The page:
This work was first published as The Daniel Meadows Archive, The Shop on Greame Street, 1972, in the academic journal Photography & Culture, vol.3, issue 1, pp.81-90, March 2010.
The Shop on Greame Street
In the spring of 1972 I rented a disused barber's shop on Greame Street, Moss Side, in Manchester's inner city, and opened a free photographic studio. I was inspired after seeing the documentary Beautiful, Beautiful (BBC, Omnibus, 1969) about New York photographer Bruce Davidson working in Harlem. Davidson was making his famous book East 100th Street and I loved his portraits for their engagement, their intimacy and for the generosity he drew out of the people he photographed.
It's the nature of documentary photography that it can take a very long time to reach an audience outside of its original context. So, even though it's more than forty years since I made these pictures, it doesn't surprise me that they're only now beginning to be noticed. But it's great when people spot themselves in the pictures and contact me. I get particularly excited about this series because, although the archive contains fascinating fragments of typescript and also some audio recordings, no proper list of the names of those photographed has survived. For my research to progress, I do rely on those depicted — many of whom are now in their fifties — to make themselves known.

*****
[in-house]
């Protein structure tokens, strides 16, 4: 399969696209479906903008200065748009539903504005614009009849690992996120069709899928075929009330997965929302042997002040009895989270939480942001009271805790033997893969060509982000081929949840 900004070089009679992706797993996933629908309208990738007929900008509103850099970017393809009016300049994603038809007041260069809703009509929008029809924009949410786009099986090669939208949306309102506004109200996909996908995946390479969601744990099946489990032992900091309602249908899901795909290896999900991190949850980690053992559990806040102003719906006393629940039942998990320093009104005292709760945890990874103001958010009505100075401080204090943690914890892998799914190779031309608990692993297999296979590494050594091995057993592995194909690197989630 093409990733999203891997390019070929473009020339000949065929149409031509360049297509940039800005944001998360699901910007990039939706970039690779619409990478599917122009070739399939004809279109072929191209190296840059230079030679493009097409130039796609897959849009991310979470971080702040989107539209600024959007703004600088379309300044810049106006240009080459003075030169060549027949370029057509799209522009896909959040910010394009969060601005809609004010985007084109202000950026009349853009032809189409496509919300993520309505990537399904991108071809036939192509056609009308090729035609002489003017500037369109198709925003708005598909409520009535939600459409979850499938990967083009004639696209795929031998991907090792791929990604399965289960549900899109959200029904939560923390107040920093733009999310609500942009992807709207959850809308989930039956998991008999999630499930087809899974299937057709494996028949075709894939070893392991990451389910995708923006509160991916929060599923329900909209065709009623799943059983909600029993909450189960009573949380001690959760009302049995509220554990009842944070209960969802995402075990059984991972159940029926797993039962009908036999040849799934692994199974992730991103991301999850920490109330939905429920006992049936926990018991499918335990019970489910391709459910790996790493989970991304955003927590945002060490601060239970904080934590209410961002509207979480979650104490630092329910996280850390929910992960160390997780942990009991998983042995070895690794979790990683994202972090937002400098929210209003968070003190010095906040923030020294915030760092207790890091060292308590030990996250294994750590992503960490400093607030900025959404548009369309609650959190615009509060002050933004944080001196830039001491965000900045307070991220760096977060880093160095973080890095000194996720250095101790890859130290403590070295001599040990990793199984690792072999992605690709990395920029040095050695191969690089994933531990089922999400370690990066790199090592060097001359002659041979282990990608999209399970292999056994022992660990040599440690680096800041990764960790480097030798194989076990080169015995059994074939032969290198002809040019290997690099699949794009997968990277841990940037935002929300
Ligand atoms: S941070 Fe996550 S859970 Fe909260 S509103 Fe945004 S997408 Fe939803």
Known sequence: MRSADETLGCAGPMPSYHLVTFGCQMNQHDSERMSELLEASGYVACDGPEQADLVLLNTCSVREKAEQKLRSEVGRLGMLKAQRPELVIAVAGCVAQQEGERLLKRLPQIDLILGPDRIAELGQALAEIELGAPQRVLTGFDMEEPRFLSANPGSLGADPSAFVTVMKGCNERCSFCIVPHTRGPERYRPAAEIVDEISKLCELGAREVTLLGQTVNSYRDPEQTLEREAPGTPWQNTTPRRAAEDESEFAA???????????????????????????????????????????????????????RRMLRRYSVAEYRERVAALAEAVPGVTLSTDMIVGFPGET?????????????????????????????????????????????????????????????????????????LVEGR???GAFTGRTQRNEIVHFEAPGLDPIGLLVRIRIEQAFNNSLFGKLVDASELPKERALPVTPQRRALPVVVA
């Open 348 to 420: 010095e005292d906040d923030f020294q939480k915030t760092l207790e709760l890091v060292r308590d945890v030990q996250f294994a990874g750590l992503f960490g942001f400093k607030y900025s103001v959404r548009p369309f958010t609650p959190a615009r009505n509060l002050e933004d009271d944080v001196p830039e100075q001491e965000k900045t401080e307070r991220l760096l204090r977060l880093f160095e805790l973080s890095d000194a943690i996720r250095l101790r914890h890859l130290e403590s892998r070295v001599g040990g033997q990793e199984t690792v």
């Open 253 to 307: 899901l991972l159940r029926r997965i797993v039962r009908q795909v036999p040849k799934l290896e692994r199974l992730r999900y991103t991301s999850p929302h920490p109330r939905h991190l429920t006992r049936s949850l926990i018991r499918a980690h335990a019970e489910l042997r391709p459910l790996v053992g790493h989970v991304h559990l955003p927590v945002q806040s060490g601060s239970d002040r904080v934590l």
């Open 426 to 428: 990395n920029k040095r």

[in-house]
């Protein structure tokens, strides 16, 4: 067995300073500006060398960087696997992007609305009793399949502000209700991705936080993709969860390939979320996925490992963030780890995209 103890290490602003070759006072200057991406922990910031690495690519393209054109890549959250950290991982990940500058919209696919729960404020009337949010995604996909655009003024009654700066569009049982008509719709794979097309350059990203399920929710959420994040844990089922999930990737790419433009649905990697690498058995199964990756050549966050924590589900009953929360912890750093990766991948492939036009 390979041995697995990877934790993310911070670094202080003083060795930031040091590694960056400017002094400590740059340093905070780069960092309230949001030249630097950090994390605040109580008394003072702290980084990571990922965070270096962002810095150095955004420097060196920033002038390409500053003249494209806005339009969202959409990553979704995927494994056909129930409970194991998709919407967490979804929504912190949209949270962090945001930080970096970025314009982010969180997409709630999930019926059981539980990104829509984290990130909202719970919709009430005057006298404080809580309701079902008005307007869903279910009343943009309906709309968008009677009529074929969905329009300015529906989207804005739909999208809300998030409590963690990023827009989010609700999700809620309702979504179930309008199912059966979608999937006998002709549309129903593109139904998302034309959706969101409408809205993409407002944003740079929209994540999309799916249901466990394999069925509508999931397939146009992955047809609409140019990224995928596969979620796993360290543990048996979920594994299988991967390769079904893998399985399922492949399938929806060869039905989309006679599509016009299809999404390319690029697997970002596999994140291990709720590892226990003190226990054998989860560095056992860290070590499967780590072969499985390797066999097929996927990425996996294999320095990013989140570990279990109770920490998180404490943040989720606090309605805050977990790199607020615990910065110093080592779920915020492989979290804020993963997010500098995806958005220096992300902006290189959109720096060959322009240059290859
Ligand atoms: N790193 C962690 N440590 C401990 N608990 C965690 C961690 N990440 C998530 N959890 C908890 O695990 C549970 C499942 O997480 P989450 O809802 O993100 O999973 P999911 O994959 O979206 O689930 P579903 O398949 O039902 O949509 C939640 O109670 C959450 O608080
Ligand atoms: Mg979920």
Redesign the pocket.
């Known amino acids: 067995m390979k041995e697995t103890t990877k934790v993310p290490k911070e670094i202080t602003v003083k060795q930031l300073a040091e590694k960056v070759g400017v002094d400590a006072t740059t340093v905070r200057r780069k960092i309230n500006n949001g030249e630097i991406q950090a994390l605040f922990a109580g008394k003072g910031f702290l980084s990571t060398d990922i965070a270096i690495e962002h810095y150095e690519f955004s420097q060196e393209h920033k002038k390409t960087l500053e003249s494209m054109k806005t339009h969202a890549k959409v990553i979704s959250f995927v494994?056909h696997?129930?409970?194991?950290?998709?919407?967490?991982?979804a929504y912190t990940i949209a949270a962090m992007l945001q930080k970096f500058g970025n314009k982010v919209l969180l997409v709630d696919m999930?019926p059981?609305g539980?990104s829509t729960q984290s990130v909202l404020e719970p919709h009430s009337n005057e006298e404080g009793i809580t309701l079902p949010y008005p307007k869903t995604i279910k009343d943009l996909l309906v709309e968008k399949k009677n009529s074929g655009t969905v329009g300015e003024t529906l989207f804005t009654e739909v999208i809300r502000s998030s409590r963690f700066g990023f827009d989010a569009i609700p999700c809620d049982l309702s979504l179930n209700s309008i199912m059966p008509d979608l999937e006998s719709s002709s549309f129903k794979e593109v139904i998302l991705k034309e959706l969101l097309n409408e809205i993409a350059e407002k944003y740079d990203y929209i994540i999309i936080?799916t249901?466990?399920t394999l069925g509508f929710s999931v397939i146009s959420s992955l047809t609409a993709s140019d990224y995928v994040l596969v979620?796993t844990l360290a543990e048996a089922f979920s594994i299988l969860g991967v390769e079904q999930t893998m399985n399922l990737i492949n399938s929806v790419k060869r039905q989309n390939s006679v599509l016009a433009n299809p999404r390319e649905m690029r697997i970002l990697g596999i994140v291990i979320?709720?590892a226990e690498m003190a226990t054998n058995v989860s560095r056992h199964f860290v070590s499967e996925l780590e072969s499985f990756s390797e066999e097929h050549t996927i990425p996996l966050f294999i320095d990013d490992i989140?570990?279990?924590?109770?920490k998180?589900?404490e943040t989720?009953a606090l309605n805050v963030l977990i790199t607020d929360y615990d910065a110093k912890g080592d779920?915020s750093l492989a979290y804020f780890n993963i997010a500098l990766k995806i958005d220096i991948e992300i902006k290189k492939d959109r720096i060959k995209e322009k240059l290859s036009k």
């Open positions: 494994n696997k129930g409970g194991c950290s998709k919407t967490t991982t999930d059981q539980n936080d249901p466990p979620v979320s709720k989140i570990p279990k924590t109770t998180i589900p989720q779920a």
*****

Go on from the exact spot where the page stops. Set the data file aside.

One such is Neville Davis, formerly of Richmond Street in Moss Side. In 2105 we met up. Here's a little film about that event, made by the Midlands based community arts organisation Multistory.
The Shop on Greame St
r/t: 4 min, 46 sec.
In 1972, when I was a student at Manchester Poly, I ran a free portrait studio in a disused barber's shop in the city's Moss Side district.
James Agee and Walker Evans. Book. 1941. Let Us Now Praise Famous Men. Sent in 1936 to produce a magazine article on the poverty of white sharecroppers in Alabama, Agee and photographer Evans stretched out the assignment and made a book instead. Agee didn't have a rule book to tell him what precisely to document. So he precisely documented everything: from the depth of dust in a drawer to his passionate feelings for one of his subjects. Here he observes a family preparing to be photographed by Evans: "...looking into your eyes and seeing thus, how each of you is a creature which has never in all time existed before and which shall never in all time exist again and which is not like any other and which has the grand stature and natural warmth of every other..."